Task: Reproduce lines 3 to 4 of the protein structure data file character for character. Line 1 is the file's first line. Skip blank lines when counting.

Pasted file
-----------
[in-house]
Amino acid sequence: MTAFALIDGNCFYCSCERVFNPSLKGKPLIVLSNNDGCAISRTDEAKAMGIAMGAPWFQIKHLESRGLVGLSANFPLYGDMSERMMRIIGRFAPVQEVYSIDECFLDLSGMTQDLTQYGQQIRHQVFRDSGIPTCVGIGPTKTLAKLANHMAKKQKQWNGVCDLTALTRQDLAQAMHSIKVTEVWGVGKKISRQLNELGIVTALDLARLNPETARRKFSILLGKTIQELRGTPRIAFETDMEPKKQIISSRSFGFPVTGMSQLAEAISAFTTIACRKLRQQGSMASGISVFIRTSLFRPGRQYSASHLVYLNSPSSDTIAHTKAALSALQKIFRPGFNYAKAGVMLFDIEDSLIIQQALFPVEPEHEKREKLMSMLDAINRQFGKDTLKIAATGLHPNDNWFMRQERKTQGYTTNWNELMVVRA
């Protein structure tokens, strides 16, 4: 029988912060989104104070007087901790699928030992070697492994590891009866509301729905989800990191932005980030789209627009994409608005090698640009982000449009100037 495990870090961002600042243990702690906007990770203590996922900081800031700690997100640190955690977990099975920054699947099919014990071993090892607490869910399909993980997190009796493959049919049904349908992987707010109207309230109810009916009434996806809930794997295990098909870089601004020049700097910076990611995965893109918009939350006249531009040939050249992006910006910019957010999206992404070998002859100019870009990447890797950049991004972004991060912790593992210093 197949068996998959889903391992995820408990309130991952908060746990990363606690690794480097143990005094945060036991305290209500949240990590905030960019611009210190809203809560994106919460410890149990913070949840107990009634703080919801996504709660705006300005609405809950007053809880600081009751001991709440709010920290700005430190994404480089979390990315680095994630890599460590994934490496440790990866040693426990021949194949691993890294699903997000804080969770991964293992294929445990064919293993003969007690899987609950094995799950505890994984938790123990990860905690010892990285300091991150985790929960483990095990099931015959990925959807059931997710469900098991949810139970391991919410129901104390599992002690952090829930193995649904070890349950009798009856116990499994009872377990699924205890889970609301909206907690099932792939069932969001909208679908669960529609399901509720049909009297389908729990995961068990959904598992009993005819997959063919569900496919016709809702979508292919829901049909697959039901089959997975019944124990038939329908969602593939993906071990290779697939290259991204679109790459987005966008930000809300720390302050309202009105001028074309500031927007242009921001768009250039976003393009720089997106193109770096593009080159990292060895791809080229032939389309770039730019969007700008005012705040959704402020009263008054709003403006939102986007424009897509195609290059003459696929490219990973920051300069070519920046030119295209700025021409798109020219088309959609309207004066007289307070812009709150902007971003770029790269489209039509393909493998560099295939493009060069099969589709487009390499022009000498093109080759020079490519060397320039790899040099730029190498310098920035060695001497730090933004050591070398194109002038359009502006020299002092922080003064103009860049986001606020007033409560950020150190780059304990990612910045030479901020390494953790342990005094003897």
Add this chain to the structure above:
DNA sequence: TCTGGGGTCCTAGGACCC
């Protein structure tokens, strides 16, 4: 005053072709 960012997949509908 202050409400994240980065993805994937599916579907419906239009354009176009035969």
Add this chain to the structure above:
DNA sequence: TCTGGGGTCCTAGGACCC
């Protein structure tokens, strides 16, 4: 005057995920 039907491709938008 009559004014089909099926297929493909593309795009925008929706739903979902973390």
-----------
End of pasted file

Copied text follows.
């Protein structure tokens, strides 16, 4: 029988912060989104104070007087901790699928030992070697492994590891009866509301729905989800990191932005980030789209627009994409608005090698640009982000449009100037 495990870090961002600042243990702690906007990770203590996922900081800031700690997100640190955690977990099975920054699947099919014990071993090892607490869910399909993980997190009796493959049919049904349908992987707010109207309230109810009916009434996806809930794997295990098909870089601004020049700097910076990611995965893109918009939350006249531009040939050249992006910006910019957010999206992404070998002859100019870009990447890797950049991004972004991060912790593992210093 197949068996998959889903391992995820408990309130991952908060746990990363606690690794480097143990005094945060036991305290209500949240990590905030960019611009210190809203809560994106919460410890149990913070949840107990009634703080919801996504709660705006300005609405809950007053809880600081009751001991709440709010920290700005430190994404480089979390990315680095994630890599460590994934490496440790990866040693426990021949194949691993890294699903997000804080969770991964293992294929445990064919293993003969007690899987609950094995799950505890994984938790123990990860905690010892990285300091991150985790929960483990095990099931015959990925959807059931997710469900098991949810139970391991919410129901104390599992002690952090829930193995649904070890349950009798009856116990499994009872377990699924205890889970609301909206907690099932792939069932969001909208679908669960529609399901509720049909009297389908729990995961068990959904598992009993005819997959063919569900496919016709809702979508292919829901049909697959039901089959997975019944124990038939329908969602593939993906071990290779697939290259991204679109790459987005966008930000809300720390302050309202009105001028074309500031927007242009921001768009250039976003393009720089997106193109770096593009080159990292060895791809080229032939389309770039730019969007700008005012705040959704402020009263008054709003403006939102986007424009897509195609290059003459696929490219990973920051300069070519920046030119295209700025021409798109020219088309959609309207004066007289307070812009709150902007971003770029790269489209039509393909493998560099295939493009060069099969589709487009390499022009000498093109080759020079490519060397320039790899040099730029190498310098920035060695001497730090933004050591070398194109002038359009502006020299002092922080003064103009860049986001606020007033409560950020150190780059304990990612910045030479901020390494953790342990005094003897």
Add this chain to the structure above: